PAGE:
Kinetic Potential

The Kinetic & Potential of Roller Coasters

Printable version of this Lab here 

Make your own Tennis Ball Roller Coaster and learn more about kinetic and potential energy.  You may work in pairs to complete this extra credit.

Materials


Tennis ball (or similar-sized ball)

Two pieces of 70 cm × 200 cm corrugated cardboard or foam board

Heavy-duty scissors

Box knife

Meterstick

Hot glue and glue gun

Process


1.

You will be designing and constructing a cardboard “tennis ball” roller coaster with three hills. The tennis ball in each design must start from the top of the first hill, roll up and down the other two hills, and exit the end of the track. You want to have the steepest hills possible for the most thrills.

2.

Think about the following when designing your roller coaster:

  • Can all the hills be the same height? If not, why? Can they get bigger or must they get smaller? How will you determine how big or how small the hills can be and still win this contest?
  • Does the steepness of the hill count? Is it better to make the hills steep or not so steep? Why?
  • How curvy should the tops of the hills and the valleys be? Should you design sharp turns or smooth turns? Why?
  • What provides resistance on the roller coaster causing the tennis ball to slow down? How can this resistance be reduced?
  • Where is the most potential energy?  The most kinetic energy?

3.

The left and right roller coaster tracks will be made from the two pieces of corrugated cardboard that must be cut out as identical shapes. Each valley in the roller coaster must dip to a height of 20 centimeters from the bottom of the cardboard. Use heavy-duty scissors or a box knife to cut out both tracks. Here is an idea on how to lay out the roller coaster on the cardboard.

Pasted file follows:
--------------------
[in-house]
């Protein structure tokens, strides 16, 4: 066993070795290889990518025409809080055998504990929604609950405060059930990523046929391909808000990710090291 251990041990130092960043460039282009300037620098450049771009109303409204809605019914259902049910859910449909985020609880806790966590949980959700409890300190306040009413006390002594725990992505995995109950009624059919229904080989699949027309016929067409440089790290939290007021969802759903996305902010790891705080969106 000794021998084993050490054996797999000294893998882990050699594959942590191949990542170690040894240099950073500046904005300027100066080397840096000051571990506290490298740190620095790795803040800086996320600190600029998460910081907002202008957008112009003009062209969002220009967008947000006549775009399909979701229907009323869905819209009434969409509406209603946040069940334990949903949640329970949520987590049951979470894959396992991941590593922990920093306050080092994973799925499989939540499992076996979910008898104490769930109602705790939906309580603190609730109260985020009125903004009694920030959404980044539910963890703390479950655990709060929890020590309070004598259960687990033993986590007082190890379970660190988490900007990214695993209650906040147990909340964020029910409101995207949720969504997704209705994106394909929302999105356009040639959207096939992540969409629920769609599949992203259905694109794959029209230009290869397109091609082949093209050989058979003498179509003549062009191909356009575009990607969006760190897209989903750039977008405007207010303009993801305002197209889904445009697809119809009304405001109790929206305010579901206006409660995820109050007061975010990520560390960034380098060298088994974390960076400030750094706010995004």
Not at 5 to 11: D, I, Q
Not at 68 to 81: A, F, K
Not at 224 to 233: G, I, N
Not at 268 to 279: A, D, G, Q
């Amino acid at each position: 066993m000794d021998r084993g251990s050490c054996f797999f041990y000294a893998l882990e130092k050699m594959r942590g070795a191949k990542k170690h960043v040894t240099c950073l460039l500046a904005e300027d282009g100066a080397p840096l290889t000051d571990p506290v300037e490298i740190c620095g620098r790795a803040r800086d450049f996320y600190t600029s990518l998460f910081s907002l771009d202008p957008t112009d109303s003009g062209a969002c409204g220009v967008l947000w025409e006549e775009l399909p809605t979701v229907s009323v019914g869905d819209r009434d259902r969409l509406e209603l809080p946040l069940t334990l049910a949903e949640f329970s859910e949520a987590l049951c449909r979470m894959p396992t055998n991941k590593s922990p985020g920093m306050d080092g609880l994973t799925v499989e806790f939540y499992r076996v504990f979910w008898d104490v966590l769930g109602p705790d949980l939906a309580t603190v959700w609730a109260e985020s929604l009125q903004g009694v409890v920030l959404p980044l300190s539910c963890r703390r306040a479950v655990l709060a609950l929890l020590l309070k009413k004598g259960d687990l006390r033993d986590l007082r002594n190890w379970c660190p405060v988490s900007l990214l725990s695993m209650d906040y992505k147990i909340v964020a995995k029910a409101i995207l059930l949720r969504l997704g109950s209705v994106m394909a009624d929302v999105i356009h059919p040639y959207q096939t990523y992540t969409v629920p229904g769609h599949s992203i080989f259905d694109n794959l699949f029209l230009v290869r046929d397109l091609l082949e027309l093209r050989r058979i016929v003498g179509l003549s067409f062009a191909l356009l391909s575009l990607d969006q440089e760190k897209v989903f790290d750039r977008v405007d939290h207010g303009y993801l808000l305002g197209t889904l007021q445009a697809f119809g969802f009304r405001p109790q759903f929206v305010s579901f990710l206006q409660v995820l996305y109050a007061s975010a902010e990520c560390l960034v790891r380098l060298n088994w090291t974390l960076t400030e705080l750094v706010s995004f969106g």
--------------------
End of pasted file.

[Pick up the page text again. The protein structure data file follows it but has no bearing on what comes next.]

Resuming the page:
information box

4.

From the excess cardboard, cut out twenty-five 4 cm × 12 cm rectangles. These rectangles will serve as spacers between the two cutout tracks. Put glue along both of the 12-centimeter edges and fasten them to various places between the two tracks so that the tracks are rigid and separated by a distance of 4 centimeters.

Questions


1.

Relate the principle of “conservation of energy” in an analysis of a roller coaster ride from start to finish. Include in your discussion the names of all relevant energy forms and where and when on the ride energy transformations are occurring.

3.

Imagine that you are among the first group of passengers to test out a newly constructed roller coaster. The slide down the first hill is thrilling, but before you get to the top of the second hill, you start sliding backward and get trapped between the first two hills. Discuss what practicalities the designer forgot to include in transforming his creation from the idealized blueprint to the real world.

4.

Some roller coasters feature an upside-down “loop.” Explain why these features are always placed at the beginning of the ride and never near the end.

5.

It’s all fun and games until somebody gets hurt. Imagine that you are designing the world’s ultimate roller coaster. Describe the features you would incorporate into your design and explain what limits you would put on those features to prevent fun from becoming dangerous.

To Get Full Credit = up to 40 points

  • Bring in Roller Coaster in “good shape”
  • Demonstrate the roller coaster for teacher
  • Turn in questions and measurements of coaster (including 3 hills)

This project idea came from http://school.discovery.com/lessonplans/programs/rollercoaster/

 

NASA Daily Image

NASA Image Of The Day
Extreme Ultraviolet Image of a Significant Solar Flare
The sun emitted a significant solar flare on Oct. 19, 2014, peaking at 1:01 a.m. EDT. NASA's Solar Dynamics Observatory, which is always observing the sun, captured this image of the event in extreme ultraviolet wavelength of 131 Angstroms ? a wavelength that can see the intense heat of a flare and that is typically colorized in teal. This flare is classified as an X1.1-class flare. X-class denotes the most intense flares, while the number provides more information about its strength. An X2 flare is twice as intense as an X1, and an X3 is three times as intense. Solar flares are powerful bursts of radiation. Harmful radiation from a flare cannot pass through Earth's atmosphere to physically affect humans on the ground, however -- when intense enough -- they can disturb the atmosphere in the layer where GPS and communications signals travel. > More: NASA's SDO Observes an X-class Solar Flare Image Credit: NASA/Solar Dynamics Observatory...
20 Oct 2014